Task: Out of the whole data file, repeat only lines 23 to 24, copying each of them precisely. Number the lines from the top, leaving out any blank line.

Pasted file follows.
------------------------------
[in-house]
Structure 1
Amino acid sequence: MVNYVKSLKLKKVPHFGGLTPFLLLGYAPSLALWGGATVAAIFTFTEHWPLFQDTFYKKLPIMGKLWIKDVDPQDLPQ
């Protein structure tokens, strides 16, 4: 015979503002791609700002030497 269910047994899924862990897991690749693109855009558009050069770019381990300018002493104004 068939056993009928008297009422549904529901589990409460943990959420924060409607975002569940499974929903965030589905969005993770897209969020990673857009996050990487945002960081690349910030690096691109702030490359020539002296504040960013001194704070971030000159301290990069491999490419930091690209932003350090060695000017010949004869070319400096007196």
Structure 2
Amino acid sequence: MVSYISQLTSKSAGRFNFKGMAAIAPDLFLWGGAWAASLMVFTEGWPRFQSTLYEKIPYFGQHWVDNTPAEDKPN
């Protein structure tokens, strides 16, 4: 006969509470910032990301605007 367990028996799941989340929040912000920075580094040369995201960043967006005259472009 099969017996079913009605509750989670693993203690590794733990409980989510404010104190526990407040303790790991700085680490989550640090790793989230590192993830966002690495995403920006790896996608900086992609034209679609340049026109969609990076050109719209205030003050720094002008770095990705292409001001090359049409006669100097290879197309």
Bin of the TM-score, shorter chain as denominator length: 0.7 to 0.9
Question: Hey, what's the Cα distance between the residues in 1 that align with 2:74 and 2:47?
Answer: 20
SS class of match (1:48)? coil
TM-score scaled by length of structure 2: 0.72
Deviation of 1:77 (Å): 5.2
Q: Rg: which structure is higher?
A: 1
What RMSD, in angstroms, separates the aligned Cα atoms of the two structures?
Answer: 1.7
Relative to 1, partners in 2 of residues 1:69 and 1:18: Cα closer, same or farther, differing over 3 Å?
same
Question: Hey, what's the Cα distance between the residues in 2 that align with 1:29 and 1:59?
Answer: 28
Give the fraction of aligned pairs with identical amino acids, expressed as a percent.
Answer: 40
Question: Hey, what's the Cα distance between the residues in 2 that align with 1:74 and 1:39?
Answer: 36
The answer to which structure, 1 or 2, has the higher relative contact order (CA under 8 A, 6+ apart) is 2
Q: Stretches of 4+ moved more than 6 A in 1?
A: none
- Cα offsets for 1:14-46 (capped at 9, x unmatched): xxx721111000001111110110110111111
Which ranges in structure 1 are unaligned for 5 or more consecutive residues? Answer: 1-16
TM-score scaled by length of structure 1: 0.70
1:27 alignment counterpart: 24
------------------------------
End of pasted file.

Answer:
Answer: 40
Question: Hey, what's the Cα distance between the residues in 2 that align with 1:74 and 1:39?